Saturday, August 20, 2005

One man's Sustaining Innovation is another man's Disruptive Innovation

Students of Disruption Theory often get hung up assessing whether a technology is a “sustaining innovation” or a “disruptive innovation”. Oftentimes the hang up is caused by not realizing that the same technology can be considered sustaining and disruptive at the same time. It all depends on which competitors you'd like to compare the innovation to.

For example, consider whether blogging is a sustaining or disruptive innovation. If you compare blogging to an email alias, it is a more effective way for a journalist to attract a following because there are more standard ways, such as RSS feeds and search engines such as Technorati, for readers to find and consume relevant blogs than there are for readers to find and consume content from an email alias. Compared to email aliases, blogging is a sustaining innovation.

However, if you compare blogging to a newspaper, it is a less effective way to charge readers for content and therefore uninteresting to newspaper companies as a line of business. By turning their backs on blogging to make newspapers even better, newspaper companies are falling into the innovator’s dilemma. To newspapers, blogging is a disruptive technology.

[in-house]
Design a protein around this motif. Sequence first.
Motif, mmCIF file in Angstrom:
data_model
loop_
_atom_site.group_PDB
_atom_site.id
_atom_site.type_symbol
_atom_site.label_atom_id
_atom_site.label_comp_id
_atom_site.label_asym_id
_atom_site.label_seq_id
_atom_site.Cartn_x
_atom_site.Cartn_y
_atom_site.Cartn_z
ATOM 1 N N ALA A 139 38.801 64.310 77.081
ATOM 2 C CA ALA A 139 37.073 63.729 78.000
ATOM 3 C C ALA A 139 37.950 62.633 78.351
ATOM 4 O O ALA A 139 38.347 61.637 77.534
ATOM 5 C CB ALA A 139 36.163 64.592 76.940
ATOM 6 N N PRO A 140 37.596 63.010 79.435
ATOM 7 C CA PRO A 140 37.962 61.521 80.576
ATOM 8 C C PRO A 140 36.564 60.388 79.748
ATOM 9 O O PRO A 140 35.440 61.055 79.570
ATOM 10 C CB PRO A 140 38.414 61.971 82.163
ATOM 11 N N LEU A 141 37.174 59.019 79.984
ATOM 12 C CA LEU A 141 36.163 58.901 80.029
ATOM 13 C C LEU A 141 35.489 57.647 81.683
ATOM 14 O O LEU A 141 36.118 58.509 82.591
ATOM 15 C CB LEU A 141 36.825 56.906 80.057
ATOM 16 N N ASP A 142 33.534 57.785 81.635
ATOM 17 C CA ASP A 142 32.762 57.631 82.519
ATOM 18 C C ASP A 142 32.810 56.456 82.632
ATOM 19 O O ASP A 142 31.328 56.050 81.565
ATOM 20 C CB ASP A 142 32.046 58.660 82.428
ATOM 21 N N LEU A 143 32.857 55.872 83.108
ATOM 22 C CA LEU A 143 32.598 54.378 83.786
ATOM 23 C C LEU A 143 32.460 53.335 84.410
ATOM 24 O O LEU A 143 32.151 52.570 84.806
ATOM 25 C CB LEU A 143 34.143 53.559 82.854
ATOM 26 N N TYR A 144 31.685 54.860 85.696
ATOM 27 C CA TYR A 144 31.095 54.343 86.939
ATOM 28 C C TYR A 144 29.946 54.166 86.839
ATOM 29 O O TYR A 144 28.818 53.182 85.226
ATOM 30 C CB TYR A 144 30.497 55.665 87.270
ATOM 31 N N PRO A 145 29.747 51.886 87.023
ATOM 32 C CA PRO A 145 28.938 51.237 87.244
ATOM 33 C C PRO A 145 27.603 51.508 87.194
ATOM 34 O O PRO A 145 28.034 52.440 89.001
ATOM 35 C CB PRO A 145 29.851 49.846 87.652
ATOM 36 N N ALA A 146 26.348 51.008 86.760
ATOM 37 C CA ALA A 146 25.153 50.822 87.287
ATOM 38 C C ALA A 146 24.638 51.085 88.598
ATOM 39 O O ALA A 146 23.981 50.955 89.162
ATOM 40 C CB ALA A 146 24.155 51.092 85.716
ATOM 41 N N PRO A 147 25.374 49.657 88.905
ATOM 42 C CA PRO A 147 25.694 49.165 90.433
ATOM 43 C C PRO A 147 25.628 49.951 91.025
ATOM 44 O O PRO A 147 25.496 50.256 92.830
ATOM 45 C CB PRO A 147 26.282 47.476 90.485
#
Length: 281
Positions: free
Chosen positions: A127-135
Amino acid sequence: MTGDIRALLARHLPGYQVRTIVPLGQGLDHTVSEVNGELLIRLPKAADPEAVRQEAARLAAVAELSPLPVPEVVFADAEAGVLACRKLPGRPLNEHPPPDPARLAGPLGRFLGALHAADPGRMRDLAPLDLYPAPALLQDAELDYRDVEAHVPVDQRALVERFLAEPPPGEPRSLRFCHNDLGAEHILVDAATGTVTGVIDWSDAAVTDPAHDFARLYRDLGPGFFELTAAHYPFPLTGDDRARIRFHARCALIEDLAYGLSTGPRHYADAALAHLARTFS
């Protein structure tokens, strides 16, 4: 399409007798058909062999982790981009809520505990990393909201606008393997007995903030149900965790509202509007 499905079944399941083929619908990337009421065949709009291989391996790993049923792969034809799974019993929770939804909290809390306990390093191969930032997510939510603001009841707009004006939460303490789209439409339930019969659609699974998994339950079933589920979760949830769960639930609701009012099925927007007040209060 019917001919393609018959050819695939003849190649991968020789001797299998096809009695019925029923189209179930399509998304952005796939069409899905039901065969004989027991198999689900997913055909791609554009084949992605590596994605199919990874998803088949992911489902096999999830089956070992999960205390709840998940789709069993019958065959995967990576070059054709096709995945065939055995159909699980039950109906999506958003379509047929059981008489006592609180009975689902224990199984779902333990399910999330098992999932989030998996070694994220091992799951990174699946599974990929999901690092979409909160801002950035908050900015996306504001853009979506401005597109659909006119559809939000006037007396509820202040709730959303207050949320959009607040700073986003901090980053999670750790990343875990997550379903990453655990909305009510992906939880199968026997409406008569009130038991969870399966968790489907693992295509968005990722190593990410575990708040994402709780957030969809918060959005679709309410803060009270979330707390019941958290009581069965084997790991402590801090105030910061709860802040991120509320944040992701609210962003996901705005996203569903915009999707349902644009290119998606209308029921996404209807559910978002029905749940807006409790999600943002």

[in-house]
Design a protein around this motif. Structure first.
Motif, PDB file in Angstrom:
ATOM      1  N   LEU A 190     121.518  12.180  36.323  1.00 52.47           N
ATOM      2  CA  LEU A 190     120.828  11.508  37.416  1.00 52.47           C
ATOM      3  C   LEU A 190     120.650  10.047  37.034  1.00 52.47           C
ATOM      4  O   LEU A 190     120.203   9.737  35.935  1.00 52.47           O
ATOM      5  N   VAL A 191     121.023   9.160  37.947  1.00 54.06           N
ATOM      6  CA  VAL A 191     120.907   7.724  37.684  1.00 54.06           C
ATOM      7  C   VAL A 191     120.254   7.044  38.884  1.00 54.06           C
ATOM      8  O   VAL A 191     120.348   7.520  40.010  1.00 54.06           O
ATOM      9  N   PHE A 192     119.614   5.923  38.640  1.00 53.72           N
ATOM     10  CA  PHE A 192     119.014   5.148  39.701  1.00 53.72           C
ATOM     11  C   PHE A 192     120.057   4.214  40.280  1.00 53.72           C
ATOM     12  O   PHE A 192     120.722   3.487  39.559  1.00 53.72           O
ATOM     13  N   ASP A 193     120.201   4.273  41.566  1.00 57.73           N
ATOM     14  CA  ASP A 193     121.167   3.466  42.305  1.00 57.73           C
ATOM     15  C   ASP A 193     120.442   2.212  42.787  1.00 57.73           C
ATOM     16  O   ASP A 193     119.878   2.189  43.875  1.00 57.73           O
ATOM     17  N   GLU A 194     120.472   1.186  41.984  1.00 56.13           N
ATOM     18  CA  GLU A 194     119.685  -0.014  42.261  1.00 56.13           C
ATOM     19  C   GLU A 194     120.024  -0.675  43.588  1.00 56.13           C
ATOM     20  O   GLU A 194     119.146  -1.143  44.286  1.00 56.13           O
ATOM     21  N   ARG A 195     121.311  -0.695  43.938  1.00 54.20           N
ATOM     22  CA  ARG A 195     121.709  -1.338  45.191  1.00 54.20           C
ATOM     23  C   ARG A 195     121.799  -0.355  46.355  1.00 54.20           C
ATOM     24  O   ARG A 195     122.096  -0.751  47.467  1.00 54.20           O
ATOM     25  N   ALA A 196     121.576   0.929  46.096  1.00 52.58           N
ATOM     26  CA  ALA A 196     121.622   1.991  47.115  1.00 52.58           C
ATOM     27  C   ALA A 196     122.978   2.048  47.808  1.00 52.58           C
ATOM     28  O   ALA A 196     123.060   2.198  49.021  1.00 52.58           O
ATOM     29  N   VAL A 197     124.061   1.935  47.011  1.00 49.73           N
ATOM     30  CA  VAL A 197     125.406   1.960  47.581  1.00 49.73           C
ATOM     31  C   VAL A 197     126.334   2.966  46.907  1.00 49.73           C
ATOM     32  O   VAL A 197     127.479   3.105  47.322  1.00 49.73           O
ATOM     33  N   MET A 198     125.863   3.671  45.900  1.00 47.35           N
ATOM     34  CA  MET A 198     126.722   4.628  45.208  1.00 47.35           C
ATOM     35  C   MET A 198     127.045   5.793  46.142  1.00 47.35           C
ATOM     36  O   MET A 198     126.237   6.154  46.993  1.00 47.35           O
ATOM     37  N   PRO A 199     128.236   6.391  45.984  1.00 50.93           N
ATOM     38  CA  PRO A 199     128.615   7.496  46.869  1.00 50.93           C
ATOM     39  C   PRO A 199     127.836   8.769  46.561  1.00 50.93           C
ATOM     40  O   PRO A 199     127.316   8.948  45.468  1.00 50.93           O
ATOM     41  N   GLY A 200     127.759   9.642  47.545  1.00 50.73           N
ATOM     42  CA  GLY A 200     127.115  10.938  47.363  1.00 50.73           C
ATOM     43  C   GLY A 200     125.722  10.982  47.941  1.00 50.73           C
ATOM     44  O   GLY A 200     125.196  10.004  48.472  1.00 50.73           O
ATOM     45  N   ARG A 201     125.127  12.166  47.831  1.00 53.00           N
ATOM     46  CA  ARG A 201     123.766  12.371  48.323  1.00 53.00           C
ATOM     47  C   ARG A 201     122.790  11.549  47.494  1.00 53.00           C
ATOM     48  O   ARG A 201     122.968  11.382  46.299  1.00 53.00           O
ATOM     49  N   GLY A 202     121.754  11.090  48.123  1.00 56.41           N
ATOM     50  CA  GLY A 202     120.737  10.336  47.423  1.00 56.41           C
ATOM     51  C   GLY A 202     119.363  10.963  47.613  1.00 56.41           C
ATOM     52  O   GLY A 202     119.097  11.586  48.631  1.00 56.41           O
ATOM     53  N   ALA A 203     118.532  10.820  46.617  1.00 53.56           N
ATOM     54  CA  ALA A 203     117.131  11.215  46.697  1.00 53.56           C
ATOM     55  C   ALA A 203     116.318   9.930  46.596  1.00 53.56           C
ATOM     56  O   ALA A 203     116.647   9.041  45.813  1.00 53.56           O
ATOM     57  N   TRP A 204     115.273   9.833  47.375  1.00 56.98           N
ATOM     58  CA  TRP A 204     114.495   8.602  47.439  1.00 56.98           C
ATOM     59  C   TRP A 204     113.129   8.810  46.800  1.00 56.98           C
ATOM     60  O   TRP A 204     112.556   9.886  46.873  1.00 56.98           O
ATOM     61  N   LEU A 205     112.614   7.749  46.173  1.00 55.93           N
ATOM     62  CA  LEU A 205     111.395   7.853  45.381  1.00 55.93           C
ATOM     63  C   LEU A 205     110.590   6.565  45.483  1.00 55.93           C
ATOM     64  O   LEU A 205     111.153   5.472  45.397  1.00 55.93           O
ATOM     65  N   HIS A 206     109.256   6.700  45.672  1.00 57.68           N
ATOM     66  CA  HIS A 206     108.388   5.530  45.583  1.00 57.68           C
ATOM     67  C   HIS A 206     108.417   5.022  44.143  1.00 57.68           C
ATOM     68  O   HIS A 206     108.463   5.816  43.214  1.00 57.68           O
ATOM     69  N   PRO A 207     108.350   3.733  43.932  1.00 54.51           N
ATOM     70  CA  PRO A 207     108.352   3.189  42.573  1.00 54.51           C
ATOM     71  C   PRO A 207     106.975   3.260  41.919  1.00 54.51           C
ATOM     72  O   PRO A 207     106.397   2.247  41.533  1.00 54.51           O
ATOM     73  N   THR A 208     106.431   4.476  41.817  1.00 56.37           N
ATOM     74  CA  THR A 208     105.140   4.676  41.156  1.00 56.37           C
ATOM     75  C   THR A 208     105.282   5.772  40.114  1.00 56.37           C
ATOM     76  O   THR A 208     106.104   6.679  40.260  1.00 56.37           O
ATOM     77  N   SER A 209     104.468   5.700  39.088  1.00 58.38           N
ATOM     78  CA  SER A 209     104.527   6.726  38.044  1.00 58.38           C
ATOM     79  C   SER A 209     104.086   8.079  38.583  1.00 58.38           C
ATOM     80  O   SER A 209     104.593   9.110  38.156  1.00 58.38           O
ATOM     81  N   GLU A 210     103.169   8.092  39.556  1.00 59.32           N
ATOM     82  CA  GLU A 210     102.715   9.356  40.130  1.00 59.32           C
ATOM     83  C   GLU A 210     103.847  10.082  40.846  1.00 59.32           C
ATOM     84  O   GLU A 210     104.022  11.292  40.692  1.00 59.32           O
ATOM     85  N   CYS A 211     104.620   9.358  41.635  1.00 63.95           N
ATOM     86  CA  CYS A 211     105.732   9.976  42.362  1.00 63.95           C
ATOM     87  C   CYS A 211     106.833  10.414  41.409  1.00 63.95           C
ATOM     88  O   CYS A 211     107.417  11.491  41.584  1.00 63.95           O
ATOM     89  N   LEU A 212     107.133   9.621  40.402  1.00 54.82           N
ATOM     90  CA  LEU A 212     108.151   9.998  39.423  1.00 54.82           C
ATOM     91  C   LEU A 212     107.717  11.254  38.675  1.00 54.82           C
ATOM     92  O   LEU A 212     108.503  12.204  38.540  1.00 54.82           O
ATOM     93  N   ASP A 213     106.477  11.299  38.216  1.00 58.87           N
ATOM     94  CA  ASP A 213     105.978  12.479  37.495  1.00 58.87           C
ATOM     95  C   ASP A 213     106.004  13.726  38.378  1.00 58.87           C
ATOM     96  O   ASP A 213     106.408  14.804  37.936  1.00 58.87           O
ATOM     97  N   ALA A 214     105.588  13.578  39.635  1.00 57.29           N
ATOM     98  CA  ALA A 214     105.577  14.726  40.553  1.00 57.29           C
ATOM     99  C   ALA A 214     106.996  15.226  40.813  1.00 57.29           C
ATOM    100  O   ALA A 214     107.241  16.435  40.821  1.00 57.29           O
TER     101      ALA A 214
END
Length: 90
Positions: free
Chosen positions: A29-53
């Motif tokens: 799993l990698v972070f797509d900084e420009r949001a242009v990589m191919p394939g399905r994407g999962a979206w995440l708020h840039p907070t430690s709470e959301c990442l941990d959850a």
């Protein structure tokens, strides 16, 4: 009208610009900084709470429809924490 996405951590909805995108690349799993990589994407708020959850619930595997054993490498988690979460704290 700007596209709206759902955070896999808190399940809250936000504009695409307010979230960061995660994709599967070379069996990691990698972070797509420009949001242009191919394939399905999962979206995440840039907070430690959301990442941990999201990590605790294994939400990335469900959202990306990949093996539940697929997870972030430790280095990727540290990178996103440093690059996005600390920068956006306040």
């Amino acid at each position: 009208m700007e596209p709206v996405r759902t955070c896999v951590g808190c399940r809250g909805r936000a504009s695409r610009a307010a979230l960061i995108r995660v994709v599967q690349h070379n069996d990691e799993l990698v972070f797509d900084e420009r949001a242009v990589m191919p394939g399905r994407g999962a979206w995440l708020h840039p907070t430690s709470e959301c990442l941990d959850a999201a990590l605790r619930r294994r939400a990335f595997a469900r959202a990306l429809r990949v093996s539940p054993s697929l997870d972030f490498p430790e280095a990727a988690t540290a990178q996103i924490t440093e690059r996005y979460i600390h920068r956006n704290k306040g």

To one incumbent, the new technology is an improvement along the desired trajectory of innovation and so to that incumbent the technology is sustaining. But to another incumbent, the same new technology could have poor performance and command lower margins yet disrupt that incumbent in the long run: in this case the technology is disruptive to that incumbent.

So when analyzing a technology according to Disruption Theory, it is important to list out the incumbent competing alternatives and to assess whether the new technology is sustaining or disruptive to each incumbent.


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